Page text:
0

Meet the Filmmaker: Nicholas McNaughton, “Places Like This”

Places Like Thishttp://www.vimeo.com/nickmcnaughton

Q: Why did you become a filmmaker?
NM: I started out as a combat videographer in the Air Force, but I have always loved listening to, watching and telling stories. I love the creative process of putting together a documentary, and I try to choose stories that will continue to push me not only as a filmmaker, but also as a human being. With each story I tell there is an opportunity to grow in almost every facet of my life.

Q: What are we going to see at Mile Hi Mocs & Docs? Has it screened elsewhere and what are your plans for it?
NM: I will be presenting my documentary short, Places Like This. It is the story of ten veterans on an Outward Bound expedition in Colorado, learning to use their time in the wilderness to overcome the challenges of life after service. We premiered at the 2016 San Diego International Film Festival, and it was also screened at the 2016 Southern Colorado Film Festival, U.K. International Veterans Film Festival, 2017 G.I. Film Festival in Washington D.C. as part of their “Cinematic Salute to the Troops”, Rainier Independent Film Festival and G.I. Film Festival San Diego. I have given it to Outward Bound to use however they can to highlight this amazing resource and encourage other veterans to explore courses like this to assist them in their lives after service.

Q: Who would enjoy attending the festival? Is it just for the filmmaking community, or is there a reason why non-filmmakers should attend?
NM: I think most people would enjoy attending the festival. It is a great opportunity to come out and see some independent films by local filmmakers, often telling the stories of people in our community. I think most of the people screening their films are telling these stories purely out of their love for filmmaking and telling stories, and the festival gives people an opportunity to connect with others that share that love, network, and watch some great local films.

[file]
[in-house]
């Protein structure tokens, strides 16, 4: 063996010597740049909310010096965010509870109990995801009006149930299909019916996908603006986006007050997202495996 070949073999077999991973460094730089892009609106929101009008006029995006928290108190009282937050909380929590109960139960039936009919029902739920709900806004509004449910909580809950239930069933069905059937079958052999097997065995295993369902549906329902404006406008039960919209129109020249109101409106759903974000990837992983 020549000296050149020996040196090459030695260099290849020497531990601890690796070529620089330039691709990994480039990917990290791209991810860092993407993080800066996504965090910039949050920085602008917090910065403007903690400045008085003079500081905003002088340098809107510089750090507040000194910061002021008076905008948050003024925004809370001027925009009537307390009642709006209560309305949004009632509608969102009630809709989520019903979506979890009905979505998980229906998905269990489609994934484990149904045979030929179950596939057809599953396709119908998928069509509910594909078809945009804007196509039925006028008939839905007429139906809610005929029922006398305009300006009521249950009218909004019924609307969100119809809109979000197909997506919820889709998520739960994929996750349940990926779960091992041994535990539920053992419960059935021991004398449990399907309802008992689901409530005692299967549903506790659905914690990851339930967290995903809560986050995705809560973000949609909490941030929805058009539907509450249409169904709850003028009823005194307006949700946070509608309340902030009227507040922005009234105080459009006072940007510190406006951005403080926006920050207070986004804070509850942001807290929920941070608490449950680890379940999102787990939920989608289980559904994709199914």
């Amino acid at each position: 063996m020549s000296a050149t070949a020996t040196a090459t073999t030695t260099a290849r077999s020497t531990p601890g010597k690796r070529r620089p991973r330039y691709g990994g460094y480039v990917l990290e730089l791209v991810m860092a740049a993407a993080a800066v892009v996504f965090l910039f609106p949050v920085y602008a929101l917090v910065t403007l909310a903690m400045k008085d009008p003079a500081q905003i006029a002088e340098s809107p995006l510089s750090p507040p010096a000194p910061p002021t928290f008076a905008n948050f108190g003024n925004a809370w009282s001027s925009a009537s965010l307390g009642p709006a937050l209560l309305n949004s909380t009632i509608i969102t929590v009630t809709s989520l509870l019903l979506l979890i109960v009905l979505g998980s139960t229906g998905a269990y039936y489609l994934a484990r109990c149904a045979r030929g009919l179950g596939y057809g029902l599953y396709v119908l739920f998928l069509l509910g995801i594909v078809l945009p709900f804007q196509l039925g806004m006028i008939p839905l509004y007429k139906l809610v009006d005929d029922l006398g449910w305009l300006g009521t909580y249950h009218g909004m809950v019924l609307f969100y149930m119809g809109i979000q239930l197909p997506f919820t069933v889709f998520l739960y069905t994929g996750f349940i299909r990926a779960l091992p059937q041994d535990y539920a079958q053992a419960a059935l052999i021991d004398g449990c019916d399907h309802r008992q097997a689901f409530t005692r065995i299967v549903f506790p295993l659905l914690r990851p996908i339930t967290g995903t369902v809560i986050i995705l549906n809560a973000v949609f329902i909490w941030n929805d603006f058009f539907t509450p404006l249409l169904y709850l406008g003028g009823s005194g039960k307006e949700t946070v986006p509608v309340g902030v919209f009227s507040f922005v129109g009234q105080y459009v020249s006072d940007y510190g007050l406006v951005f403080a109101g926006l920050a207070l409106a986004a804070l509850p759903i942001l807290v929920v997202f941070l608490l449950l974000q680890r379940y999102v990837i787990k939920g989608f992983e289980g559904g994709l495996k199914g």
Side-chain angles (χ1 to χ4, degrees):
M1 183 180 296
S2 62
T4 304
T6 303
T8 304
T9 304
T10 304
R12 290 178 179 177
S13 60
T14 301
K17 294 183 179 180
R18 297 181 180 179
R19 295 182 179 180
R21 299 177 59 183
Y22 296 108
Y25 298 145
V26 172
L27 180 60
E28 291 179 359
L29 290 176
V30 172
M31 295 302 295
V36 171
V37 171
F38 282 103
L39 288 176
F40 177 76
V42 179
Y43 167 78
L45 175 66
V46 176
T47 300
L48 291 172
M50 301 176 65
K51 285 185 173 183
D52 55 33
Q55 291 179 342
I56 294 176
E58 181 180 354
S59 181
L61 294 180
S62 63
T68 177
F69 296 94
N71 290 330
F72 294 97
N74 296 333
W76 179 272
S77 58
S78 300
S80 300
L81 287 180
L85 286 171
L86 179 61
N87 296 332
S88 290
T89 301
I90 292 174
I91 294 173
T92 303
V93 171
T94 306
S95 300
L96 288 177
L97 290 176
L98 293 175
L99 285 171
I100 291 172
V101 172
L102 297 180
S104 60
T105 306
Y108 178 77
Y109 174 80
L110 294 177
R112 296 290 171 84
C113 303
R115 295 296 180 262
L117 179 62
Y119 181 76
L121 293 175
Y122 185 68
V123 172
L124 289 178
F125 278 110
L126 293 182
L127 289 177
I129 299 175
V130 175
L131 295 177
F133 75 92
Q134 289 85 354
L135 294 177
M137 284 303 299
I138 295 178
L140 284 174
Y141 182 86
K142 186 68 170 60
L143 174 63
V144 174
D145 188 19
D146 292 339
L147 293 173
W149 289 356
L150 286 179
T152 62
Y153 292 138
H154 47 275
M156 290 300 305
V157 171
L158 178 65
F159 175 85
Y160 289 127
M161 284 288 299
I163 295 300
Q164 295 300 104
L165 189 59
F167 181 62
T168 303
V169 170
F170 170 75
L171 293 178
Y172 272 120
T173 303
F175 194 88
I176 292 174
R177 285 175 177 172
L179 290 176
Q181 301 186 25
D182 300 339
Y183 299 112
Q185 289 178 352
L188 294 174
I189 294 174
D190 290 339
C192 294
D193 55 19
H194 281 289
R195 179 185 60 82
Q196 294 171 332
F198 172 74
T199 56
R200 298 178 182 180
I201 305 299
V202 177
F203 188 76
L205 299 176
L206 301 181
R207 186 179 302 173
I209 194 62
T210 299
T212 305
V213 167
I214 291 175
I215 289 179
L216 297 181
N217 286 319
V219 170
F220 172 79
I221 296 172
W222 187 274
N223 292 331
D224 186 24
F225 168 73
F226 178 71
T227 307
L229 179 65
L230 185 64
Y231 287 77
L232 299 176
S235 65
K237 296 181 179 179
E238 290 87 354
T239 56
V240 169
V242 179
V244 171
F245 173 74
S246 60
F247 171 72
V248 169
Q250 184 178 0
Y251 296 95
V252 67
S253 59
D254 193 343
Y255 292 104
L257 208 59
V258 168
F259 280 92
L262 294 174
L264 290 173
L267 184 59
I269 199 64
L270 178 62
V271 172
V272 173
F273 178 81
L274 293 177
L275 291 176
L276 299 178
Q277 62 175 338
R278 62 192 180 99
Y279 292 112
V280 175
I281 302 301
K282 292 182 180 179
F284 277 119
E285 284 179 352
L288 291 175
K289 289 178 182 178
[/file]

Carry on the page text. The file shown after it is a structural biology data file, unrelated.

Q: What else are you working on?
NM: I currently have two documentaries in the early stages of development. The first is almost fully funded and explores the evolution of the American dream, where we are as a country today and how we got here. The second is a story about a veteran researching the correlation between time spent in the outdoors, its chemical effect on our bodies and how we can use this to help veterans and other people dealing with traumatic events of their past.

Q: Tell us one weird thing about you and/or your movies?
NM: I love hot sauce, and put it on almost everything.

Q: Where can people go to find out more about you and your work?
NM: Most of my work is on my Vimeo page, Nick McNaughton

Q: Is there anything you’d like to say about Mile Hi Mocs & Docs and The Emerging Filmmakers Project?
NM: I am extremely appreciative of organizations like The Emerging Filmmakers Project. I think it brings together a group of people that absolutely love what they do and gives them an opportunity to share their stories, connect with other local interested parties, and continue to stoke that fire that gets us out there creating. Its one thing to “connect” online, but there’s just something about getting together in a room full of passionate storytellers and having real conversations about the challenges, joy and art of filmmaking.

Places Like This will screen December 3rd at 8:00pm during the 2017 Mile Hi Mocs & Docs Film Festival at The Bug Theatre.

0

Meet the Filmmaker: Maureen Maloney, “Transitions”

Transitions | www.maureenleemaloney.com

Q: Why did you become a filmmaker?
MM: I was doing research on the effects endocrine disrupting chemicals on animals, a very poorly understood yet critical topic, and several of my mentors were emphasizing the importance of science communication. I met a woman very similar to myself who was working on a documentary about food justice, and it hit me that I could be combining my love of science and film to educate people. I later became a Peace Corps Volunteer, which gave my work more a focus on people and culture.

Q: What are we going to see at Mile Hi Mocs & Docs? Has it screened elsewhere and what are your plans for it?
MM: Transitions is a short documentary about the bureaucratic process of going through transition. Miriam Suzanne is a trans-activist who has been very open on social media about this process. When I read about what she was going through, I realized this was a way more people could understand and identify with people going through transition. It’s a subject that is usually sensationalized, which makes many people feel very distanced from it.

Transitions has screened at the Taos Pride Film Festival, the Watsonville Film Festival, and the Feminist Border Arts Festival.

Q: Who would enjoy attending the festival? Is it just for the filmmaking community, or is there a reason why non-filmmakers should attend?